request, identify the nature and basis of the dispute, including, for example, explaining
... how a response or answer is deficient or incomplete, and ask the Court for specific
relief as to each request; and must include a concise discussion of the facts and
authority that support the motion as to each discovery request in dispute.” Samsung,
2017 WL 896897, at *13.
Federal Rule of Civil Procedure 37(a)(5)(A) provides that, if a motion to compel
is granted, or if the requested discovery is provided after the motion was filed, “the
court must, after giving an opportunity to be heard, require the party ... whose conduct
necessitated the motion, the party or attorney advising that conduct, or both to pay the
movant’s reasonable expenses incurred in making the motion, including attorney’s
fees,” except that “the court must not order this payment if: (i) the movant filed the
motion before attempting in good faith to obtain the disclosure or discovery without
court action; (ii) the opposing party’s nondisclosure, response, or objection was
substantially justified; or (iii) other circumstances make an award of expenses unjust.”
FED. R. CIV. P. 37(a)(5)(A).
Federal Rule of Civil Procedure 37(a)(5)(B)-(C) further provides in pertinent part
that, “[i]f the motion is denied, the court may issue any protective order authorized
under Rule 26(c) and must, after giving an opportunity to be heard, require the
movant, the attorney filing the motion, or both to pay the party ... who opposed the
motion its reasonable expenses incurred in opposing the motion, including attorney’s
fees,” “[b]ut the court must not order this payment if the motion was substantially
justified or other circumstances make an award of expenses unjust,” and that, “[i]f the
motion is granted in part and denied in part, the court may issue any protective order
authorized under Rule 26(c) and may, after giving an opportunity to be heard,
apportion the reasonable expenses for the motion.” FED. R. CIV. P. 37(a)(5)(B)-(C).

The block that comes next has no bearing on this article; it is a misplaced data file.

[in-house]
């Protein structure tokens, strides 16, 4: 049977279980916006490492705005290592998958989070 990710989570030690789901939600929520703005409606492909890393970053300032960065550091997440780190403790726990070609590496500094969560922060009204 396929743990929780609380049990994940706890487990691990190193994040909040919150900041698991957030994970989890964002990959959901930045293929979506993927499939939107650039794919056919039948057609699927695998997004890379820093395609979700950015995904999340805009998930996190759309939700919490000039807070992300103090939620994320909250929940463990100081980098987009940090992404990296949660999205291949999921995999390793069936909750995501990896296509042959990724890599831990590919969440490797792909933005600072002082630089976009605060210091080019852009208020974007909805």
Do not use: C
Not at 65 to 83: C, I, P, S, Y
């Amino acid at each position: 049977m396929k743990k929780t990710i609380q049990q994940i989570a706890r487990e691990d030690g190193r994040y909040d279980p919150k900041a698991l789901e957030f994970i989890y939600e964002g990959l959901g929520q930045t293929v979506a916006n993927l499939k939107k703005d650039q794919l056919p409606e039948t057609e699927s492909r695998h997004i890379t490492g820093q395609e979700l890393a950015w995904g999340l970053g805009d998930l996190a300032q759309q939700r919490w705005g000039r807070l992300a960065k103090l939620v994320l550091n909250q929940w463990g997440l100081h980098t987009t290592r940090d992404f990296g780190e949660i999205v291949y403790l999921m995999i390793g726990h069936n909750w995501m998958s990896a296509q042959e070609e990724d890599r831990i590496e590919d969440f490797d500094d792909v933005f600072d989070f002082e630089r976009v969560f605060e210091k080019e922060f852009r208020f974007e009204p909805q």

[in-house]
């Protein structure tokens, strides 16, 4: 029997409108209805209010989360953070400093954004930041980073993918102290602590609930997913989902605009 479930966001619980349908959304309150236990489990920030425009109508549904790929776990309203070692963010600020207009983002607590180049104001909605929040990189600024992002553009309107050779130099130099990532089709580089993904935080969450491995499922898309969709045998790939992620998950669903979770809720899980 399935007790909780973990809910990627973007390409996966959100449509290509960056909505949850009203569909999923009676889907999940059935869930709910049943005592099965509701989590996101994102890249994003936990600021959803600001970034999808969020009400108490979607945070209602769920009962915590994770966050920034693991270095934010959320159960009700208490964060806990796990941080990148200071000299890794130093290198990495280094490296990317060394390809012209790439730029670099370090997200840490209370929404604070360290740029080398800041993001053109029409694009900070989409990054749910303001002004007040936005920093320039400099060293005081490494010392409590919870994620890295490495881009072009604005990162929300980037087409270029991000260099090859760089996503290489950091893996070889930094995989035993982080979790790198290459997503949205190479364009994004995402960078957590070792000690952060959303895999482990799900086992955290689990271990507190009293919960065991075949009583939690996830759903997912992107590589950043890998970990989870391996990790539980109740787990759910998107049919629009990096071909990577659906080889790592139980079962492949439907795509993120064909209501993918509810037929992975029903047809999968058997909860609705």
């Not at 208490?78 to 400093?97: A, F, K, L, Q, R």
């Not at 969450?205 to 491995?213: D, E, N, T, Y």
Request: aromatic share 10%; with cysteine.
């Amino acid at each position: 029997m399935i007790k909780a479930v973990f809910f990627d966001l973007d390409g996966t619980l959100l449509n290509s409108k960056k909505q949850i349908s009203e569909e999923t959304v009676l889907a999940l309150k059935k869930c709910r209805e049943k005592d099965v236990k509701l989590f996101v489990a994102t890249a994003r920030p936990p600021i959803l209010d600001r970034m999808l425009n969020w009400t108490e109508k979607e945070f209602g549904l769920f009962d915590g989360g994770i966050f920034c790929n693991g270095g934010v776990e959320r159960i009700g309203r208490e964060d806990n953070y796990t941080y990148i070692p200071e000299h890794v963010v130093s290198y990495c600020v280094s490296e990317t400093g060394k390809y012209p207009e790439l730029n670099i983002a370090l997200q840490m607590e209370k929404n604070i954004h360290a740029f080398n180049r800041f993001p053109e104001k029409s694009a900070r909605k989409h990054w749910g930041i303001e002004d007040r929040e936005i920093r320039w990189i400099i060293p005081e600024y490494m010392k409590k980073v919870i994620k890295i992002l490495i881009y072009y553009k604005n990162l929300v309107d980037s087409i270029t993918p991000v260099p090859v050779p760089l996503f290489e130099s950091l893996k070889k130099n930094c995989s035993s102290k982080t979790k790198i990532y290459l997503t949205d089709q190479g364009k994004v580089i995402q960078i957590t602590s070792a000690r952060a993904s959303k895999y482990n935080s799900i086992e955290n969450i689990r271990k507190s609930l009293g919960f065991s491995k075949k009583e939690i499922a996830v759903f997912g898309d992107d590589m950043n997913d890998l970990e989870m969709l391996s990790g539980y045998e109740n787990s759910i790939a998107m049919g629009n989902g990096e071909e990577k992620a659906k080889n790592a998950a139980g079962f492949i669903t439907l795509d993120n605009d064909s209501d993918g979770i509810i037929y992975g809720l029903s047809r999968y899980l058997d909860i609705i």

The Court will not grant the H2R Defendants’ request for a sanction for Ms.
Carter’s refusal to meet and confer.
The H2R Defendants ask the Court to impose an unspecified sanction on Ms.
Carter for refusal to meet and confer. See Dkt. No. 258 at 2. To the extent that they
intended to ask the Court to grant their motion in full for this reason, their request is
As another judge in this district has explained, “[a] failure to satisfy conference
requirements does not ... mandate” that the Court rule against the non-compliant
party. Brown, 2015 WL 11121361, at *5.
[T]he Court retains discretion to “waive strict compliance with the
conference requirements” and to consider the motions on their merits.
The Court may deem a failure to confer excusable when the conference
would merely be “a waste of time,” Vinewood Capital, L.L.C. v. Al Islami,
No. 4:06-cv-316-Y, 2006 WL 3151535, at *2 (N.D. Tex. Nov. 2, 2006), or
when “it is clear that the motion is opposed and that a conference would
neither have eliminated nor narrowed the parties’ dispute,” Obregon v.
Melton, No. 3:02-cv-1009-D, 2002 WL 1792086, at *1 n.3 (N.D. Tex. Aug.
2, 2002). But the Court will not presume that a conference will be
unproductive and a waste of time simply because the parties have a bitter
history and an apparent inability to get along well. The conference
requirements of the Federal Rules of Civil Procedure and the local rules
of this Court serve the important function of narrowing or eliminating
issues before a party seeks judicial involvement. This function is
particularly important when the parties consistently seek sanctions for
alleged non-compliance with discovery or court-imposed obligations.
A status conference would be a waste of time here where Ms. Carter has
repeatedly insisted that she would not change her discovery responses and where, as
explained in further detail below, the H2R Defendants have failed to identify what
requests are even at issue.
“[F]urther delay in addressing the motion to compel would [also] not comport
with the overriding principle set forth in Fed. R. Civ. P. 1 that the courts construe and
administer the Federal Rules of Civil Procedure ‘to secure the just, speedy, and
inexpensive determination of every action and proceeding.’ Consequently, the Court
will overlook [any] failures to confer. Of course, the failures to confer may impact the
availability of sanctions should the Court grant the motion, see FED. R. CIV. P.
37(a)(5)(A)(i), and an exhibited lack of cooperation by [one party or the other] may
constitute ‘other circumstances [that] make an award of expenses unjust,’ see FED. R.
CIV. P. 37(a)(5)(B).” Brown, 2015 WL 11121361, at *5; accord Mitchell v. Univ. of La.
Sys., No. Civ. A. 13-820-JWD, 2015 WL 1540532, at *5 (M.D. La. Apr. 7, 2015)
(“Defendant’s failure to conduct or attempt to conduct a proper Rule 37(a) conference
prior to filing its Motion to Compel is grounds for denial. Shaw Grp. Inc. v. Zurich Am.
Ins. Co., No. 12-257, 2014 WL 4373197, at *3 (M.D. La. Sept. 3, 2014). Defendant
should have first met and conferred with Plaintiff and then, if the discovery issues
could not be resolved between the parties, sought leave of court to file an untimely
Motion to Compel. Nevertheless, in light of Plaintiff’s voluminous productions and
untimely written discovery responses, the court will proceed to the merits of
Defendant’s Motion to Compel and consider Defendant’s failure to conduct a proper
Rule 37(a) conference when determining whether to award any sanctions.”).
The Court nevertheless warns the parties that they each must properly confer
going forward before filing any discovery motions. Any future discovery motions may